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Pretty Yarn

Mini Review Time

Occasionally I receive books from publishers to review.  Here are a few that crossed my path over the last few months.

Kaffe Fassett's Quilt Romance

Kaffe


Okay, I don't quilt--me and the sewing machine don't get along so well--but I aspire to learn some day.  This is the second Kaffe Fassett quilt book in my library (the other--Glorious Patchwork--is a signed copy that I just had to have) and they are beautiful not only for the craft, but for the luscious photographs and images they project.  They make me want to quilt, and set off for the British Isles and drink tea snuggled in one of these pieces of art.

If you are a quilter, I cannot tell you if  Quilt Romance is a good book in terms of making a quilt, but it does appear to come with complete instructions and tons of inspiration.  Photographed in a small Welsh village renowned for it's Mediterranean architecture, it is a beautiful book to flip through and provides inspiration to all crafters who love working with colour.

Haiku Knits by Tanya Alpert

Haiku

This is a lovely hardcover book of interesting and innovative knitting designs for women.  All are inspired by Japanese design and take knitting as fashion rather than just craft.  The photographs are excellent--the sweaters are easy to see, one can get a sense of the fit and construction and the patterns are well laid out and easy to read.

I want to say I love the cover pattern--Chrysanthemum--it can be worn as shown or turned upsidedown to look like this:

Haiku1

While interesting, fashionable and innovative, Alpert's designs are for the young and thin.  The top size in most patterns is a 40" chest (some are smaller) and while many designs like the one above have a large amount of ease, they are meant to have that beautiful drape and flow.  I loved many of the designs, but I gave away my copy since most of the designs wouldn't fit me the way the designer intended.  It is unfortunate that a larger range of sizes was not provided.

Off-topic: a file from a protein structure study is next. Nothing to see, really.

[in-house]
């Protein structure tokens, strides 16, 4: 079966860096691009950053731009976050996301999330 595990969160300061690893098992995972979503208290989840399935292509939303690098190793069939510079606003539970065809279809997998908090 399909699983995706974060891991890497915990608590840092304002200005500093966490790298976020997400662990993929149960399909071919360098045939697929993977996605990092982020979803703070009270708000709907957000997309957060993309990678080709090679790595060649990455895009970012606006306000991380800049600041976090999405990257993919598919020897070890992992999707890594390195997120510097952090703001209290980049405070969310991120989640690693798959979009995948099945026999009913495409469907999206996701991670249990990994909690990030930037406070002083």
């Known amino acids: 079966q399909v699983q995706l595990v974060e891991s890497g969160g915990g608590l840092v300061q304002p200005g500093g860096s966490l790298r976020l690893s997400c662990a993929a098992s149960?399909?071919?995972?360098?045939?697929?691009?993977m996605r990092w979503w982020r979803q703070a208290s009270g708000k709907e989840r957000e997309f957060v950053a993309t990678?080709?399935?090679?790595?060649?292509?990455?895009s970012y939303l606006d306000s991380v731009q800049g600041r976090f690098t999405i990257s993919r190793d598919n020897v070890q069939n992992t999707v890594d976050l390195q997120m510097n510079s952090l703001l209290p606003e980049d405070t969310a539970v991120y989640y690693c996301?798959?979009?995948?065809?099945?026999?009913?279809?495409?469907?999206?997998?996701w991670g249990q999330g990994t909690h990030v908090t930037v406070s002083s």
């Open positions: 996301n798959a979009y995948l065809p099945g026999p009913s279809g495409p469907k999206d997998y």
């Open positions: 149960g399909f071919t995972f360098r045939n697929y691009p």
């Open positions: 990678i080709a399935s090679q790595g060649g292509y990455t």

These designs are also meant to highlight the yarns used which are often special for their texture, content or drape.  This is not a criticism; Alpert does a wonderful job creating projects that look beautiful and use yarns that are somewhat atypical for most knitters or which are seldom used for things beyond scarves and shawls.  
 

400 Knitting Stitches by Potter Craft

Stitch dictionary

Who doesn't love a stitch dictionary?  This one is a good addition to your library with a nice range of stitches.  In this one, the focus in on texture with slipped stitches, different ribbings and a few cables.  It includes both line-by-line written instructions and charts.  The book is also compact, so you can carry it in your knitting bag.

It's a perfectly good book except for one thing--the charts are REALLY small.  This may show my preference for charts over written instructions, but having charts the size of  thumbnails that require me to scan and enlarge them really took away from my enjoyment of this fine resource.


 

Comments

Wow. A 40-inch bust is like designing for less than half of the women's population. I'll admit that I cannot make anything in Big Girl Knits without altering, but at least that book says it is for the more robust among us right off the bat! I would feel a little weird with the Haiku Knits, because so many of them sound like they would need an inch or two more to ensure they had the ease the designer intended!

This is one of my pet peeves. I wish websites that sell knitting books would make it clear what the size range is. I have been disappointed on more than one occasion by buying a book online only to find out that the largest finished chest size is 38 or 40" (& they were not fashion forward designs like this which might make you think that might be the case.) And, if the finished size is 40", that means that it will fit someone with a 36-38" chest measurement (with those oversized flowing styles it could well be 8")- which, as Seanna Lee points out, eliminates a large part of the knitting world.

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